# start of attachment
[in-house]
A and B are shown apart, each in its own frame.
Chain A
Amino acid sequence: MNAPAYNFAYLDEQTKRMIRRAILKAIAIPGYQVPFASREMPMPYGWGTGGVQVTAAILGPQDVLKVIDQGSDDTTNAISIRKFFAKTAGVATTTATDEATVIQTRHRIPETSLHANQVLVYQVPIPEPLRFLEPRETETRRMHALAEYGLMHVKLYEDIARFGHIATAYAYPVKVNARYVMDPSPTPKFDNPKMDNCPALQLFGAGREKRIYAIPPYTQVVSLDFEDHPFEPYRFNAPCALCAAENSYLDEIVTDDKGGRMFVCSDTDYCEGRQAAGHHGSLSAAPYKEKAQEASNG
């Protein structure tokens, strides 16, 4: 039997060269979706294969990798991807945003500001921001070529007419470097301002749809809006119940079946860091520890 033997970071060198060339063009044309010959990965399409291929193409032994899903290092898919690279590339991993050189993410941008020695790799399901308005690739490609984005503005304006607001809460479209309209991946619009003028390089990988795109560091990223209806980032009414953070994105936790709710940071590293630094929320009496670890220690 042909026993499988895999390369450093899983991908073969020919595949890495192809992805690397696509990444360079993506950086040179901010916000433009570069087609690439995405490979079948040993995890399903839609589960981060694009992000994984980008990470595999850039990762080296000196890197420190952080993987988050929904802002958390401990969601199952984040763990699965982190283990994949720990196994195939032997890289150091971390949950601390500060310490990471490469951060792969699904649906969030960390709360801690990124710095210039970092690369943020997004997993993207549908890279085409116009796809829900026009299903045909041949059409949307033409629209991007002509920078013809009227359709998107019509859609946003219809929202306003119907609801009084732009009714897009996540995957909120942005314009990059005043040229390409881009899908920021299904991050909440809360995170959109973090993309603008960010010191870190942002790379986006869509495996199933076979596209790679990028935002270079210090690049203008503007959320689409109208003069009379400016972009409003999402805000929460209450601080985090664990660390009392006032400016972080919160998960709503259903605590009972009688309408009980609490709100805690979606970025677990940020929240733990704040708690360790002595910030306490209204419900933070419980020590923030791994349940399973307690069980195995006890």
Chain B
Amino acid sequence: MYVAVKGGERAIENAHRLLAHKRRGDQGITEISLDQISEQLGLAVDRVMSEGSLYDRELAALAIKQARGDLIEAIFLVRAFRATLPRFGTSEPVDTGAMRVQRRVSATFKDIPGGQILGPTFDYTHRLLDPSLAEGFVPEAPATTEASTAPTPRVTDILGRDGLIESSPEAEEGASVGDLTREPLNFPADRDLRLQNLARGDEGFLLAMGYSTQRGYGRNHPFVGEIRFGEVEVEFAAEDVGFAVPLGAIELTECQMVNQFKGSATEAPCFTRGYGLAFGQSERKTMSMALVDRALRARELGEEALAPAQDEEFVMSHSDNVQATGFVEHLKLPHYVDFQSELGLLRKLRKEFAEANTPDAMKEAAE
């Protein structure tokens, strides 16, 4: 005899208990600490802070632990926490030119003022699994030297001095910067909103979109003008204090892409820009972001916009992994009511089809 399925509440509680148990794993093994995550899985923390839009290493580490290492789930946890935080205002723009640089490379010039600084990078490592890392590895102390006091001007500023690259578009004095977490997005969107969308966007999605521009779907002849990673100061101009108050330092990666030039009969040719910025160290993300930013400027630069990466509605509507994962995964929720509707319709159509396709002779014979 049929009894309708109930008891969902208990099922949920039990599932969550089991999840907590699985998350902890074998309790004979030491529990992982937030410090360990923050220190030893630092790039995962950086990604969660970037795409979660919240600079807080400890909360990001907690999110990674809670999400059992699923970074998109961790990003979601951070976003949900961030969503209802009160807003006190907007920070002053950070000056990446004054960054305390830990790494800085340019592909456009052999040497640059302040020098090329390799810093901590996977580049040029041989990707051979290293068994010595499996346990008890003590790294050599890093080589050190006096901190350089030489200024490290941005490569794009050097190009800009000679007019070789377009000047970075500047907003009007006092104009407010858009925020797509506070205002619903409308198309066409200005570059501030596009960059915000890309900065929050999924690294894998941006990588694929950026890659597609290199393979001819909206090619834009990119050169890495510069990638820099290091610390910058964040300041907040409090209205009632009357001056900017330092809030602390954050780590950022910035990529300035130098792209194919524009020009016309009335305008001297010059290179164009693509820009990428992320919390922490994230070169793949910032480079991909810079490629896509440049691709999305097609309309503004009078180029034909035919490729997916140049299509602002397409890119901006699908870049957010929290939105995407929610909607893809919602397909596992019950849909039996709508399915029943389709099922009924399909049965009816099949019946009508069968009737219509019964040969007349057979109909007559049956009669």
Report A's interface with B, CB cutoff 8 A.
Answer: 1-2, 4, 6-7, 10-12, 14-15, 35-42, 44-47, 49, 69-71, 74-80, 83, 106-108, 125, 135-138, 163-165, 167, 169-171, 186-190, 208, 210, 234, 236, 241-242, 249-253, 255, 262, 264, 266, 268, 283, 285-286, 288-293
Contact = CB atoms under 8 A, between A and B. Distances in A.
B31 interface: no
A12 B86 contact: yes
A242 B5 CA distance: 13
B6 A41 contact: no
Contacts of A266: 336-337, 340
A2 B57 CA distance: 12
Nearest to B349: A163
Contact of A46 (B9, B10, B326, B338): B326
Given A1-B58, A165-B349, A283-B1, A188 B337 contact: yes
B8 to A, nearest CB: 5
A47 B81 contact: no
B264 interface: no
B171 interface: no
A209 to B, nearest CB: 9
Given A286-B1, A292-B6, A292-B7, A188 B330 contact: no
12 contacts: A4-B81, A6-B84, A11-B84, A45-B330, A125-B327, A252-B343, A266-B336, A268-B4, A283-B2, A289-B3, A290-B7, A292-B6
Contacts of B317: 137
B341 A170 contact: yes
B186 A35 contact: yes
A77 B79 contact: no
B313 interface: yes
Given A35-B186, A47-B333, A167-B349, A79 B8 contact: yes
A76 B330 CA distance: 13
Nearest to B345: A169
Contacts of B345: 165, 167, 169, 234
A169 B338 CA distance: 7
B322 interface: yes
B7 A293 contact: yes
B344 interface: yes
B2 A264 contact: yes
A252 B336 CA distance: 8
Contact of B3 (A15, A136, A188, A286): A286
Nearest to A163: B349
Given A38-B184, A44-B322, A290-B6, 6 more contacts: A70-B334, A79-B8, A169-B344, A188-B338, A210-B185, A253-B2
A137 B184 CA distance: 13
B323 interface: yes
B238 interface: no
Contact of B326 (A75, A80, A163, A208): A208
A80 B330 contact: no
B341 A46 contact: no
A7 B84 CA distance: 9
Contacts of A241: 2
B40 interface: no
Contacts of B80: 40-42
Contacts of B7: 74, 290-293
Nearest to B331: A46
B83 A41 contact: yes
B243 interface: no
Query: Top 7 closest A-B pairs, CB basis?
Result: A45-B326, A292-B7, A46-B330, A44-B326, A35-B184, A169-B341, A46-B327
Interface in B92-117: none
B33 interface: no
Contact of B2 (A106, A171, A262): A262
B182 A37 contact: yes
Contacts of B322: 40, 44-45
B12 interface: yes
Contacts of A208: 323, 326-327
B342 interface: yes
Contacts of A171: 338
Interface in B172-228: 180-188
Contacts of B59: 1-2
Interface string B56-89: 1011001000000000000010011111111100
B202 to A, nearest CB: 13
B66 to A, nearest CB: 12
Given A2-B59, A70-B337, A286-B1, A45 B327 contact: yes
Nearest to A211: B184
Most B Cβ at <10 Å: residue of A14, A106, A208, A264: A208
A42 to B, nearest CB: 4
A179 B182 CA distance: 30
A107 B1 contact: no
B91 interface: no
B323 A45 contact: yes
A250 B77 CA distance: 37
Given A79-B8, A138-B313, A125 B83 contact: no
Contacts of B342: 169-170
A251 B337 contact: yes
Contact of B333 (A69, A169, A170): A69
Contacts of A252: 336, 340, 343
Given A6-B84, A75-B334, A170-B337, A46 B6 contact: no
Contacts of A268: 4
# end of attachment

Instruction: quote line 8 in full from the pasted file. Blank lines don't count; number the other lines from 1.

């Protein structure tokens, strides 16, 4: 005899208990600490802070632990926490030119003022699994030297001095910067909103979109003008204090892409820009972001916009992994009511089809 399925509440509680148990794993093994995550899985923390839009290493580490290492789930946890935080205002723009640089490379010039600084990078490592890392590895102390006091001007500023690259578009004095977490997005969107969308966007999605521009779907002849990673100061101009108050330092990666030039009969040719910025160290993300930013400027630069990466509605509507994962995964929720509707319709159509396709002779014979 049929009894309708109930008891969902208990099922949920039990599932969550089991999840907590699985998350902890074998309790004979030491529990992982937030410090360990923050220190030893630092790039995962950086990604969660970037795409979660919240600079807080400890909360990001907690999110990674809670999400059992699923970074998109961790990003979601951070976003949900961030969503209802009160807003006190907007920070002053950070000056990446004054960054305390830990790494800085340019592909456009052999040497640059302040020098090329390799810093901590996977580049040029041989990707051979290293068994010595499996346990008890003590790294050599890093080589050190006096901190350089030489200024490290941005490569794009050097190009800009000679007019070789377009000047970075500047907003009007006092104009407010858009925020797509506070205002619903409308198309066409200005570059501030596009960059915000890309900065929050999924690294894998941006990588694929950026890659597609290199393979001819909206090619834009990119050169890495510069990638820099290091610390910058964040300041907040409090209205009632009357001056900017330092809030602390954050780590950022910035990529300035130098792209194919524009020009016309009335305008001297010059290179164009693509820009990428992320919390922490994230070169793949910032480079991909810079490629896509440049691709999305097609309309503004009078180029034909035919490729997916140049299509602002397409890119901006699908870049957010929290939105995407929610909607893809919602397909596992019950849909039996709508399915029943389709099922009924399909049965009816099949019946009508069968009737219509019964040969007349057979109909007559049956009669």